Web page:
Recent Travels: Watkins Glen

Okay, if you ever want to enjoy the Finger Lakes on a budget, keep reading. Whenever I want to do anything on Seneca Lake–like wine trail, hike and eat good food–I usually camp in New York State’s only National Forest. It’s a little slice of nature right in the heart of wine/beer/spirit country. There are a few group campsites that cost money but for the most part you can camp for free anywhere in the forest just as long as you set up at least 50 feet from any body of water or trail. That’s easy enough. There are even bathrooms nearby incase you don’t get your kicks from peeing in bushes…sissy pants! The forest is not only close to Seneca Lake (plus Watkins Glen, the speedway and Farm Sanctuary), it’s also convenient to Ithaca, Trumansburg and anything having to do with the west side of Cayuga Lake.

The Finger Lakes National Forest is different from a state park in how it’s managed. It’s all about providing a wide variety of recreational opportunities and managing for a variety of wildlife habitat types. There’s hiking, camping, horseback riding, fishing, hunting, blueberry picking, snowshoeing, skiing, biking and snowmobiling. They mow, prescribe burn and stock ponds. There’s no fee to get in so it’s also different from a state park in that respect. Instead, they raise funds through other means such as havesting timber and allowing livestock grazing. It’s pretty neat to be hiking in the forest one minute and the next minute you’re in a clearing with a herd of cattle.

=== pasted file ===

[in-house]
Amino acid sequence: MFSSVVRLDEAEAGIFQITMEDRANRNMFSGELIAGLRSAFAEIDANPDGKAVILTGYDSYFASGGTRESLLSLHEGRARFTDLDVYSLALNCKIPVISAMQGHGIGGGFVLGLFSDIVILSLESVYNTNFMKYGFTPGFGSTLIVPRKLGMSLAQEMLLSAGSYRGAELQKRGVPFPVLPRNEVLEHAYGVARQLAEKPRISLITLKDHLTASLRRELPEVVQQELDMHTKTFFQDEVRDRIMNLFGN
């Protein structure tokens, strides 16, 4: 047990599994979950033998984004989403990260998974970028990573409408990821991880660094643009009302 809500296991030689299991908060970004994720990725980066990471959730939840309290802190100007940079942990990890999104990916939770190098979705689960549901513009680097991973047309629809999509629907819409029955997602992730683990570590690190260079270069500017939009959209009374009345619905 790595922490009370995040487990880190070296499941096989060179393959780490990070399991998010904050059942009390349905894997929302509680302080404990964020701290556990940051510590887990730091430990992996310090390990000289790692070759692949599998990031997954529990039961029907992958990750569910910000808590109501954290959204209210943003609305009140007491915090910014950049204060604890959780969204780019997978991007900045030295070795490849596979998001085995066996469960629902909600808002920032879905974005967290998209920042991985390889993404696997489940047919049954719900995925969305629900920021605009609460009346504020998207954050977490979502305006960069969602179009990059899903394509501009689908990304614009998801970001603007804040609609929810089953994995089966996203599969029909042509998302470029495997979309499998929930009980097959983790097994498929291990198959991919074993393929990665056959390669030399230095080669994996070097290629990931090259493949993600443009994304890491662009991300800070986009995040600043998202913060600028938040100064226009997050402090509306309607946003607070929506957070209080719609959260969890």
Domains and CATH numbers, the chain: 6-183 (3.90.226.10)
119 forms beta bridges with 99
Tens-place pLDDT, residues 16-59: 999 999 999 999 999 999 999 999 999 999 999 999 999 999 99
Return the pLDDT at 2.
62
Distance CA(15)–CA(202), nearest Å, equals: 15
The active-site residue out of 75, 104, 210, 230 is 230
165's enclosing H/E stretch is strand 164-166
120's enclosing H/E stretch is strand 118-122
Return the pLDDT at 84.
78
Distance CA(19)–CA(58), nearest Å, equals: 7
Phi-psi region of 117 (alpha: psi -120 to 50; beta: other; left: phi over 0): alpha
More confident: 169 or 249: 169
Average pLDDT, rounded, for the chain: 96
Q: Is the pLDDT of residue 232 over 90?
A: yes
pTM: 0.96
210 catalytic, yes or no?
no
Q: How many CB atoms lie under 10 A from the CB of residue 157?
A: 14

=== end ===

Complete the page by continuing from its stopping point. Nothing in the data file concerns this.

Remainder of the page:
Finger Lakes National Forest
This is my usual camping spot.
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The view from my tent. It was a bit goopey out there due to all the rain.
red-spotted newt
This was red-spotted newt city! I just wanted to pinch every last one of them!
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The newt whisperer.
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Cassie breaking down camp.
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A lovely view of the pond and campsite.
fishing line
If you’re going to fish anywhere, don’t be a jackass!